I like making furniture, generally Mission style and Arts and Crafts, where form is as important as function. As a mechanical engineer, I struggle with form and the artistic aspects of woodworking. Just give me a set of plans, and I’m happy.
For this project, I threw form out the door and focused on function. My wife generally doesn’t invite me into her sewing room. It has something to do with the electrical capacitance of my posterior and how it drives her computerized sewing machines into bird-nesting and stitch-skipping. But the other day, I was invited to come into the hallowed space and observe a woodworking request she made.
My wife has an old [but magnificent] teak desk, handed down from her grandmother, with a cutout for recessing a sewing machine. The proposed project was to enlarge the cavity to fit one of her machines. The project was fraught with uncertainties. To cut into the desk top, it looked like I would get into some of the table’s structural elements, which could be a real problem. In addition, she wanted to switch this table with another table sitting next to it. This other table probably weighs a zillion tons. So I made a suggestion to come up with another approach to solving her problem. She has been working at a pop-up plastic table which she oriented perpendicular to the aforementioned tables. She found this to be really convenient, but she had to move a machine over to this table each time she used it.
What might have been an easy project with a little bit of risk, ended up with me committing myself to a major sewing room overhaul. Fortunately I didn’t have to pull a building permit or bring in a survey crew. I grabbed a scrap of paper and drew up a plan.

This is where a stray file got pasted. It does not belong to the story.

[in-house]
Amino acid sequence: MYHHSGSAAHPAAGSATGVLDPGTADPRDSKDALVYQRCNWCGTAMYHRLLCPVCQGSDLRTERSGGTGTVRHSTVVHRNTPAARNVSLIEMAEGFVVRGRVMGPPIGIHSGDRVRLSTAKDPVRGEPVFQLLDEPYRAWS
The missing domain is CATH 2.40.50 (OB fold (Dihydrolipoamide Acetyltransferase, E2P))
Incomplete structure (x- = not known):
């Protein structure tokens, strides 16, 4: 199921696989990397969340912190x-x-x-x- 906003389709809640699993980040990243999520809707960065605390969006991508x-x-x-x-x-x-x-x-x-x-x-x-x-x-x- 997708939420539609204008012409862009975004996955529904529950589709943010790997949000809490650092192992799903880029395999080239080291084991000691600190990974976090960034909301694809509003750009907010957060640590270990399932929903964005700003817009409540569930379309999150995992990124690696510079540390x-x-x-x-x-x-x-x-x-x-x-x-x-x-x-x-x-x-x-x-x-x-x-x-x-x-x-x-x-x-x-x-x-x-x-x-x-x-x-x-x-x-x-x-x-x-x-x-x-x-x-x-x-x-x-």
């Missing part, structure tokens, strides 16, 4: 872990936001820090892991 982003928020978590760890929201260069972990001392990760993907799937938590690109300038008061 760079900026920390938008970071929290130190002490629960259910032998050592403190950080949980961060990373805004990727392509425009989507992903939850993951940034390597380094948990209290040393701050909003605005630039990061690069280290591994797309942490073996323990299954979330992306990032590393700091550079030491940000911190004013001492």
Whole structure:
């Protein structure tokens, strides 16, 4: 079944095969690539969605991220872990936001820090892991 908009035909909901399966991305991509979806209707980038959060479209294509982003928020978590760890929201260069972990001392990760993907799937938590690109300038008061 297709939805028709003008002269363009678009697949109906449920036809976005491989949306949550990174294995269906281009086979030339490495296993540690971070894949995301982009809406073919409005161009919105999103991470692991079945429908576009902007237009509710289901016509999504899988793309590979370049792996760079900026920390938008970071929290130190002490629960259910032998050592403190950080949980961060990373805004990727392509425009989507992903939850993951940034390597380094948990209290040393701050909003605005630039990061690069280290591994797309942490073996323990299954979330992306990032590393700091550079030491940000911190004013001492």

First: covering the two existing tables with a sheet of melamine would seal up the hole in the sewing machine table and hide a charred pit in the other table. [Side note explanation: when I had two snake-loving children at home, the sewing room was a snake room. A heater under the bottom of one of the snake cages overheated and burned a fist-sized crater in the formica desk top.]
Next, I would construct a table on wheels which could be moved back and forth, perpendicular to the newly-covered tables. My wife could easily slide a machine onto it as she changed sewing functions from machine embroidery to quilting to other sewing. I also designed a trough in the rolling table, similar to the recessed cavity in the teak desk, for a sewing machine to slide into, allowing its throat plate to be level with the table. An insert would be made to cover the trough when a level surface was needed. Can you now see how I moved from the prospect of enlarging a small hole to a major construction project? Fortunately my wonderful wife was more interested in function than form, so I began visualizing how all this could be accomplished using construction lumber from a big box store, Heaven help me if I would have to dig into my umpteen thousand board feet of wood I have stored in my shop or air drying in my back yard! And I wasn’t even going to elevate myself to the use of domino loose tenons or pocket hole screws! This was going to be held together with a butt joint, glue and screws.